Dir: Mika Kaurismaki. Ger/Fin/Fra/Brazil, 2002. 105 mins.
A well-known European arthouse director goes on a musical pilgrimage in a Latin American country. Sounds familiar, no' Echoes of Wim Wenders' Buena Vista Social Club come thick and fast in this roots-of-Samba documentary by cuddly Finnish director Mika Kaurismaki. But in the end, Moro No Brasil carves out its own identity, one which is looser but also less manipulative than Wenders' fairy-tale 'documentary'. Produced by an international consortium headed by Franco-German culture TV channel Arte, the film has good prospects of obtaining a theatrical release, especially if supported by a strong CD compilation of highlights from the soundtrack.
Moro No Brasil opens with a shot of the director standing in the icy winter landscape of his native Finland. "It all began", he tells us, "when I swapped a Deep Purple record for an obscure collection of Brazilian samba classics". This sets the tone for the deadpan, rambling style of the director's English voiceovers, which are kept to a minimum in order to leave space for over fifty separate musical performances, many filmed and recorded on the street. Presented as a voyage from the roots of samba to its present-day excursions into rap and funk, Moro No Brasil is also a voyage through two contrasting areas of Brazil - the rural north-eastern states of Bahia and Pernambuco, and the bustling city of Rio de Janeiro.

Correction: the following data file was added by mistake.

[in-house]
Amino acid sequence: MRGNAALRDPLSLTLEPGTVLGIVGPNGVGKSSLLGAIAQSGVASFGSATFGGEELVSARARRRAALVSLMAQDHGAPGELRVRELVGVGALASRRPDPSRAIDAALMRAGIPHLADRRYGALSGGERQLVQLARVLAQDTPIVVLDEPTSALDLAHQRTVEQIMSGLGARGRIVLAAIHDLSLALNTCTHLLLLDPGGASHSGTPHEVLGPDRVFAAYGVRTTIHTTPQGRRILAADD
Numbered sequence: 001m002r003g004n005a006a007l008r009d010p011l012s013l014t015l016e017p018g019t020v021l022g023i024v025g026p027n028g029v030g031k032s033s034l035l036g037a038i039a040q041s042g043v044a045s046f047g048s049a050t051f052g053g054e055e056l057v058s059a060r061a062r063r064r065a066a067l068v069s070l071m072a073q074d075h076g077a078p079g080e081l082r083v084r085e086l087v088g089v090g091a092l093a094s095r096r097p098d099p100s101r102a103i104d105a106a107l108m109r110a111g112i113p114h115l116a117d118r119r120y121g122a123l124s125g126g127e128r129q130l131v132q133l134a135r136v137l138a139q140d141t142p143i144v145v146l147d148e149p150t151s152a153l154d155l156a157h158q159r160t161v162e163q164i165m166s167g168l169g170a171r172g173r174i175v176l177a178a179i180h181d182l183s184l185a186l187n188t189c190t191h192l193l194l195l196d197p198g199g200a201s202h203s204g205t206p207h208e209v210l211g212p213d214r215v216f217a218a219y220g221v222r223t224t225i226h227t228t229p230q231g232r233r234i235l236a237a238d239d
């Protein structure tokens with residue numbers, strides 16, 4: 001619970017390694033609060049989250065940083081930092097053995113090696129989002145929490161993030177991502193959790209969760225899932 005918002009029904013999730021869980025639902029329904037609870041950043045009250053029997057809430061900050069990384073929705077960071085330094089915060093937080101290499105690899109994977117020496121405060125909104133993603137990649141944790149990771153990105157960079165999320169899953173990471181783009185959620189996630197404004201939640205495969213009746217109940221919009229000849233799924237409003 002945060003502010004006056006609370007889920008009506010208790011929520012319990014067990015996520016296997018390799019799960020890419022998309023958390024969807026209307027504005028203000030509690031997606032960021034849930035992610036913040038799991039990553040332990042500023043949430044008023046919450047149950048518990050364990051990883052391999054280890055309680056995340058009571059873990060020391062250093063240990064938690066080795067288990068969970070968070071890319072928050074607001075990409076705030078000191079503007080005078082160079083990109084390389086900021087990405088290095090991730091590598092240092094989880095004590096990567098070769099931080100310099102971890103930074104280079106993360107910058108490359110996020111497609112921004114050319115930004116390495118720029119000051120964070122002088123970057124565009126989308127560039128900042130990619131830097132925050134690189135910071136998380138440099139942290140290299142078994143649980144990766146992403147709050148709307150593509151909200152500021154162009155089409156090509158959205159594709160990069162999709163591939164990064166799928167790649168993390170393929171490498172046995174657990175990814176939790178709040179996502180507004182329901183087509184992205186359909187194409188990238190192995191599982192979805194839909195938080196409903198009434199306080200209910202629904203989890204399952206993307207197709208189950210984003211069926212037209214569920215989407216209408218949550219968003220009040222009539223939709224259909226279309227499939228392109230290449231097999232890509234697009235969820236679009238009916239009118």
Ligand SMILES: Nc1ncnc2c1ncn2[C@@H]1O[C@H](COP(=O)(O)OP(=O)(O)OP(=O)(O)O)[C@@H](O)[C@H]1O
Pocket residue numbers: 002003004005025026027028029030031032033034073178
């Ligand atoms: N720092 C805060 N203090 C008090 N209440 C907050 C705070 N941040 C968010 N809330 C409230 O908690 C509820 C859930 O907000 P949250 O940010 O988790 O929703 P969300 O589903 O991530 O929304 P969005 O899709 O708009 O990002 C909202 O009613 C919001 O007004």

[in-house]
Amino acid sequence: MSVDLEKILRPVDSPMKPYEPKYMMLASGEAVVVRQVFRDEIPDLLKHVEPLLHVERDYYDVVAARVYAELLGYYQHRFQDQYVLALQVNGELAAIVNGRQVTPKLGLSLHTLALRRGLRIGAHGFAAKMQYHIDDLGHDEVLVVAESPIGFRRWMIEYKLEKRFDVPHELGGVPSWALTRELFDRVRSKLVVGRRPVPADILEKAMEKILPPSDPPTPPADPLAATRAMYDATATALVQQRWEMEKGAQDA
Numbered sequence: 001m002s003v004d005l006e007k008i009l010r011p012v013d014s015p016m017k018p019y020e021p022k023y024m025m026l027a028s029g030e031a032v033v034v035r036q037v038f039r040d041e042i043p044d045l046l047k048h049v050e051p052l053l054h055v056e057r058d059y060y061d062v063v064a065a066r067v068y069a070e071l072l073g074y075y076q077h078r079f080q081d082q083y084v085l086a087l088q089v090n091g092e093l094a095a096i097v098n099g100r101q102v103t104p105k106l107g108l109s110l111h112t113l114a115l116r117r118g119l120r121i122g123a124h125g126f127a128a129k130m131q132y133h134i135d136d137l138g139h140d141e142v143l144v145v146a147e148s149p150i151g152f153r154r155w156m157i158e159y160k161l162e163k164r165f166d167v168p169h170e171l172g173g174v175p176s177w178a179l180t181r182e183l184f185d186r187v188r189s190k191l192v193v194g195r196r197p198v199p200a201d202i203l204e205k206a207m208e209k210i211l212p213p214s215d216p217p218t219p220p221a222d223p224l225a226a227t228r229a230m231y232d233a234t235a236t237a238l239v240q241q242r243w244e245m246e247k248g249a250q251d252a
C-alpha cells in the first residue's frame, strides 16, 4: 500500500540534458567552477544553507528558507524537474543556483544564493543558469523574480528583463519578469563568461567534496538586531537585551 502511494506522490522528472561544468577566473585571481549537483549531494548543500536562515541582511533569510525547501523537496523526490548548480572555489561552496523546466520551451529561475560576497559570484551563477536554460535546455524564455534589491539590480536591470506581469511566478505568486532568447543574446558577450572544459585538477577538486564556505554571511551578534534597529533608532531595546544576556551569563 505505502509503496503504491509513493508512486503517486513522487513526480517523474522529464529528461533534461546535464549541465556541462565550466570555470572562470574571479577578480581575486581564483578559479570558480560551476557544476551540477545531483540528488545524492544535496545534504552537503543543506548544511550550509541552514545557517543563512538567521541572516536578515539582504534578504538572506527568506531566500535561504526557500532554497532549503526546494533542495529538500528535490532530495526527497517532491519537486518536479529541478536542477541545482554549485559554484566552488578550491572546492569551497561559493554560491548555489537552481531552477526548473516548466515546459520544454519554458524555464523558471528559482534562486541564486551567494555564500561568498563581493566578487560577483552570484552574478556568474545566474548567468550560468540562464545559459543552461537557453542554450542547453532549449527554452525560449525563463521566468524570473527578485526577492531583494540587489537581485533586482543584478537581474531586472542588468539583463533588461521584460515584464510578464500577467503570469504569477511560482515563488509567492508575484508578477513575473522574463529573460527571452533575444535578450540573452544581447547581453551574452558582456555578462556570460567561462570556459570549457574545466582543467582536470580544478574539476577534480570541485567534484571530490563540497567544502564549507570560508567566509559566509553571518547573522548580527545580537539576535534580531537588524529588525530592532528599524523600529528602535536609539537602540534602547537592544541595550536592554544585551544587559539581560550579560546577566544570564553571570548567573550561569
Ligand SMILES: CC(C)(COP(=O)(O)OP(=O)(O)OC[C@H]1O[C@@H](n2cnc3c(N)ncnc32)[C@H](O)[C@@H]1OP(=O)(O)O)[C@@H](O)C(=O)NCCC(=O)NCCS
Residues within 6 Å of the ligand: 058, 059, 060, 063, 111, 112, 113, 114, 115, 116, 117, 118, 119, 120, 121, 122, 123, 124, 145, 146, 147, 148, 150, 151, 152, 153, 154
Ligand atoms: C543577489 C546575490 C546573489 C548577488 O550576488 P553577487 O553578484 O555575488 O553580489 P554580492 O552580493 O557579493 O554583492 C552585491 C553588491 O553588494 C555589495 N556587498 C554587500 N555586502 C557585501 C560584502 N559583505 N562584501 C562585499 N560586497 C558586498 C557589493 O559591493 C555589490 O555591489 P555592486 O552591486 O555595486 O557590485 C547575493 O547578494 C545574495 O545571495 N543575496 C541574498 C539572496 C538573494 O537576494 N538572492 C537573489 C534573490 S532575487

The first part of the film comes over at times as rather too much of a TV travel programme: "I stopped off in Caruaru to visit a traditional street market". But Kaurismaki's voice is always veined with good-natured irony, and there are times when it almost looks as if he is parodying Buena Vista Social Club. The film mixes spontaneous performances from toothless musicians with more structured scenes which come close to full-scale pop promos. In one, an all-girl dance group pose like Hindu goddesses in the shell of a disused factory; another features an exhilarating performance by a funk percussion group in the favelas of Rio.
It is here in Rio - Kaurismaki's home for the last 12 years - that the film goes into overdrive. Up to now it has been an amusing, sometimes touching, but rather directionless musical travelogue. But in Brazil's carnival city the volume is suddenly cranked up a notch: live concert footage of singer Margarteth Menezes has us dancing in our seats. And it is here too that Kaurismaki stumbles across his Compay Segundo: an elderly singing tailor by the name of Walter Alfaiate. A natural actor, Alfaiate has the film's best line, delivered with all the right pauses: "I'll give you some advice. To forget a love affair, start a new one". Jacques Cheuiche's colour-soaked, handheld photography provides its own amiable commentary, pulling away from its subject to shoot through a forest of legs, or to observe two boys carrying a huge satellite dish on a motorbike. Having begun in a Finnish blizzard, the film ends up in Kaurismaki's own music club in Rio, Mika's Bar. If nothing else, this likeable musical voyage is a good plug for the venue.
Prod co: Magnatel (Ger)
Co-prods: Arte (Fr/Ger), Marianna Film (Fin), TV Cultura (Br), Lichtblick (Ger),
YLE TV 1 (Fin)
Int'l sales: Arte
Prod: Phoebe Clarke
Scr: Mika Kaurismaki, George Moura
Cinematography: Jacques Cheuiche
Ed: Karen Harley